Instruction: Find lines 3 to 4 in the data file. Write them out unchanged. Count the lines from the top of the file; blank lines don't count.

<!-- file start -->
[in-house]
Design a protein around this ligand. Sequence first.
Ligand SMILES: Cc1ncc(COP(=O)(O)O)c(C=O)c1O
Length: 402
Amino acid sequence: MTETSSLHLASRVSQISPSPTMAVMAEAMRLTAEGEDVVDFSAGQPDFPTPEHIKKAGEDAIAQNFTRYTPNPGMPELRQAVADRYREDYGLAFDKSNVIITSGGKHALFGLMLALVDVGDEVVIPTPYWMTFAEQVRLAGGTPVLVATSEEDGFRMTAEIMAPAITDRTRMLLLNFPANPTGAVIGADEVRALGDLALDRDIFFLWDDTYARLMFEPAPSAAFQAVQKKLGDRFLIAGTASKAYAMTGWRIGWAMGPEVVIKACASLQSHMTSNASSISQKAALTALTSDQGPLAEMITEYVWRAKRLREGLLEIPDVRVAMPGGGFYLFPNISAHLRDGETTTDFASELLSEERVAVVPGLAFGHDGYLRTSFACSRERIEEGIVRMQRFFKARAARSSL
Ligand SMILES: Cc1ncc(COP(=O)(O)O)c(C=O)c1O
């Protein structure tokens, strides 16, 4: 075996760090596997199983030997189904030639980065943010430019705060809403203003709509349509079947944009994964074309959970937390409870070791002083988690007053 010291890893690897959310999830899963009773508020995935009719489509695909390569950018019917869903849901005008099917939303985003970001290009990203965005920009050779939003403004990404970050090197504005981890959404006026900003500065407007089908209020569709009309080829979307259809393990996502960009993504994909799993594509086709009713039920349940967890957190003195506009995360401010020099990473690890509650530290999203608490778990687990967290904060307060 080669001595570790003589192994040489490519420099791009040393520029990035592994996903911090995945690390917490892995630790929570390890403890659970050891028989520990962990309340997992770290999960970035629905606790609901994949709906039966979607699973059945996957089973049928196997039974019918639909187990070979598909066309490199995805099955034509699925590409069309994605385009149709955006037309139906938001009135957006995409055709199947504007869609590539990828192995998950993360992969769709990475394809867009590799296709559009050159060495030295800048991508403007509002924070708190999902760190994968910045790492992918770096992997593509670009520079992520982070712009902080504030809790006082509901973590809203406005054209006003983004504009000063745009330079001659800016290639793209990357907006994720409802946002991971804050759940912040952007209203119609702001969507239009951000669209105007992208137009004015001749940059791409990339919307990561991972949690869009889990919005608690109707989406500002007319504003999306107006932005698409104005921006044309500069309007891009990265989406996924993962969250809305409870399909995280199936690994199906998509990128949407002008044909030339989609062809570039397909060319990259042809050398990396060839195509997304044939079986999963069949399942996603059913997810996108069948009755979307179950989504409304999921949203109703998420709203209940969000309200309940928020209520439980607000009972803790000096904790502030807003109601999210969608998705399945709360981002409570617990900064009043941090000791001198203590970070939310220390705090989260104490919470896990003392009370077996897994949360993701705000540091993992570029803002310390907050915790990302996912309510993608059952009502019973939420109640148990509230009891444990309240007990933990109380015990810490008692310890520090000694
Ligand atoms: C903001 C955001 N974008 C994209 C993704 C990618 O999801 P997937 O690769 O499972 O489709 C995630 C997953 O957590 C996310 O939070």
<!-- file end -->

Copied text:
Ligand SMILES: Cc1ncc(COP(=O)(O)O)c(C=O)c1O
Length: 402